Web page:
Concerns over supplement scam in Ireland

- Last updated on GMT

Related tags: United kingdom

Reports in the British press claim that a convicted conman, Peter
Foster, has set up fake dietary supplement sales scheme in Ireland.

Reports in the British press claim that a convicted conman, Peter Foster, has set up fake dietary supplement sales scheme in Ireland.

Foster, who is originally from Australia's Gold Coast, has already been convicted of fraud in both Australia and the UK, but is now thought to have resurfaced in Ireland, where he has allegedly placed ads in Irish newspapers promising to turn investors into millionaires.

The AAP news agency reports that Foster's adverts claim that investors can make €1.3 million a year with the dietary supplement Trimit. All they have to do is pay him €200,000 for the privilege.

The scheme has apparently attracted a great deal of interest, the AAP reports, with calls flooding in from potential investors.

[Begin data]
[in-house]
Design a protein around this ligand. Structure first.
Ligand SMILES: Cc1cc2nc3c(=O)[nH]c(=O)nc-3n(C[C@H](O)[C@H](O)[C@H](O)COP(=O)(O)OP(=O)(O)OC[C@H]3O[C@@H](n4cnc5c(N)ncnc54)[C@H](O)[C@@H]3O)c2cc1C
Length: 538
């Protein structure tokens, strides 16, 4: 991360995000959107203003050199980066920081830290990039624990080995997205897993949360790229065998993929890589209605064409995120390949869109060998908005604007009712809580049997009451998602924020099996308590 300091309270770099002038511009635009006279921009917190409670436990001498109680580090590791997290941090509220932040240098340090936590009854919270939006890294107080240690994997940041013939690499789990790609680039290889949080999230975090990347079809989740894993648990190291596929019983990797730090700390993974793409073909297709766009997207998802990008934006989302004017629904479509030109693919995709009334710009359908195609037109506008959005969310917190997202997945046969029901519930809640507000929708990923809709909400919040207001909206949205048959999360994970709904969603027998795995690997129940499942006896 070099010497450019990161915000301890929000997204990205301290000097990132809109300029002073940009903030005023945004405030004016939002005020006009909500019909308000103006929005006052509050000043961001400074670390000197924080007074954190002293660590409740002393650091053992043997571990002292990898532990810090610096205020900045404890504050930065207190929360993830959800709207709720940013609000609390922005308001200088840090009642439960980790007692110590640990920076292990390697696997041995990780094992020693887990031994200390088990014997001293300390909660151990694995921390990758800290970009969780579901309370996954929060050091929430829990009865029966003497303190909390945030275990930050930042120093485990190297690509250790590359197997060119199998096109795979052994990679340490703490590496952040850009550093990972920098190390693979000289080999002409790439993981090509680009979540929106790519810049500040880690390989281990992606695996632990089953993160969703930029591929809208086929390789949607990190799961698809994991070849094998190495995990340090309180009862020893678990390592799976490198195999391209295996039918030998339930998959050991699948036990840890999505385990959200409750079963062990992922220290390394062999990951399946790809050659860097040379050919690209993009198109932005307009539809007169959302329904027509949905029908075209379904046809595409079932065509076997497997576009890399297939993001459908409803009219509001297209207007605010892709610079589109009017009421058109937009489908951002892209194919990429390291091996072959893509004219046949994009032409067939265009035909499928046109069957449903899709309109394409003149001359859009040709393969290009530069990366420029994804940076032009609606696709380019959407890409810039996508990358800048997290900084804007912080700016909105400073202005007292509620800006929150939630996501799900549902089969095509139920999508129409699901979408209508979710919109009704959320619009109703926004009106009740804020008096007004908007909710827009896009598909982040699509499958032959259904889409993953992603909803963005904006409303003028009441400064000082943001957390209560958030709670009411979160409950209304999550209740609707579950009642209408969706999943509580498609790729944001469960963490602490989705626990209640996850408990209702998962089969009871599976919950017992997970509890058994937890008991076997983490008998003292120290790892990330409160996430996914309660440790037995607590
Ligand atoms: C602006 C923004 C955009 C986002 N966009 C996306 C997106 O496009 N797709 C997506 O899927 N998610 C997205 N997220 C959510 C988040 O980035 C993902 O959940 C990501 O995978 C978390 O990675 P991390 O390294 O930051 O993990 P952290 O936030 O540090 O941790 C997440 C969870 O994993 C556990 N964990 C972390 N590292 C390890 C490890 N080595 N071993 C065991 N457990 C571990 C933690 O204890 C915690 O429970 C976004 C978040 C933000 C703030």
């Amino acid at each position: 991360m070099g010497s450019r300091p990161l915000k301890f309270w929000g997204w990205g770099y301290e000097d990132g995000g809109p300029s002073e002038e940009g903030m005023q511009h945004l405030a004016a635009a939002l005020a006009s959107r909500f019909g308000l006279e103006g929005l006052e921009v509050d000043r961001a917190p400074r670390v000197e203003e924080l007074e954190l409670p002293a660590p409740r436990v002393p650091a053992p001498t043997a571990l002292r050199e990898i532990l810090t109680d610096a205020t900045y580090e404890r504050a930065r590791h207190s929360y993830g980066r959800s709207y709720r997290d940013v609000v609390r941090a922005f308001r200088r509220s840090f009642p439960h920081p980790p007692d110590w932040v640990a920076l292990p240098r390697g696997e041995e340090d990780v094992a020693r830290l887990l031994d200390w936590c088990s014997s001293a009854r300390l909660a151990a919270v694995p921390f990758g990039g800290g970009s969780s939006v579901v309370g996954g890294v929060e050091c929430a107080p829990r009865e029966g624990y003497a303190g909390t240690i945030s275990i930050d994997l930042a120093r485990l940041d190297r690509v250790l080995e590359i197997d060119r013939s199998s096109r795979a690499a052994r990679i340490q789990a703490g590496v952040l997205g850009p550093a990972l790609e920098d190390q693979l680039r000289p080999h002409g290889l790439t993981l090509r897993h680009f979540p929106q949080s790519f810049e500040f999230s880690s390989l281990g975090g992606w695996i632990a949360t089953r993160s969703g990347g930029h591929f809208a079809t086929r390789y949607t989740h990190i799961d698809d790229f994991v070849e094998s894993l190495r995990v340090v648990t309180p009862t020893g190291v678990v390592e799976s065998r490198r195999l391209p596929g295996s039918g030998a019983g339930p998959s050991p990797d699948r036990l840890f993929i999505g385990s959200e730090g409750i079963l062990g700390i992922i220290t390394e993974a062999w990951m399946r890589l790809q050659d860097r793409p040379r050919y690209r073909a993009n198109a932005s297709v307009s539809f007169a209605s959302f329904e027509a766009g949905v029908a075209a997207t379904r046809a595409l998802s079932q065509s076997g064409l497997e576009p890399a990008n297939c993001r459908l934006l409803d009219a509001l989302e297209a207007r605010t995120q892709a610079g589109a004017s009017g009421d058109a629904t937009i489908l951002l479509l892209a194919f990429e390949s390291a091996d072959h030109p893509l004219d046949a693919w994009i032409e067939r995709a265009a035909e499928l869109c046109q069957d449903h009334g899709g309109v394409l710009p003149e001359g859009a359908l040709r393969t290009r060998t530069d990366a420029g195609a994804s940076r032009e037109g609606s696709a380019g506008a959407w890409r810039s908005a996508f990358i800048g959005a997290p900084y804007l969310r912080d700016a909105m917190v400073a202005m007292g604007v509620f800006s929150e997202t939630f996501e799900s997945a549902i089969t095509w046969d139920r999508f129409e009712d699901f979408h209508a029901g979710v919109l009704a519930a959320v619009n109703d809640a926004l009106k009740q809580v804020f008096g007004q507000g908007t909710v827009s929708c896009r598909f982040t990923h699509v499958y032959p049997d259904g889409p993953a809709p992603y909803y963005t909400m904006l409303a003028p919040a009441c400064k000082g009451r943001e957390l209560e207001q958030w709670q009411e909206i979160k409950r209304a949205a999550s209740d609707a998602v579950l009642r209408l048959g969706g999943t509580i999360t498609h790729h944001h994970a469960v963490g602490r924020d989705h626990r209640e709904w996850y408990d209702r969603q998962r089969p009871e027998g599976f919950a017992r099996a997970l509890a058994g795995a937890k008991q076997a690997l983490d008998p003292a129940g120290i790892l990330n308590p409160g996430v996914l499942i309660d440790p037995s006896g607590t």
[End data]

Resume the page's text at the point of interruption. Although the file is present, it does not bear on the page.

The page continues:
Foster disappeared from the UK while on day release in 1996 after serving nearly 18 months for fraud. The British police were at the time preparing to charge him with three counts of using false documents while trying to set up slimming products companies.

He returned to Australia, but was arrested there for fraud, serving 900 days in jail before being extradited back to the UK, where he pleaded guilty to the remaining fraud charges. The judge ruled he had served enough time in prison and released him to return to Australia.

Related topics: Regulation

Follow us

Products

View more

Webinars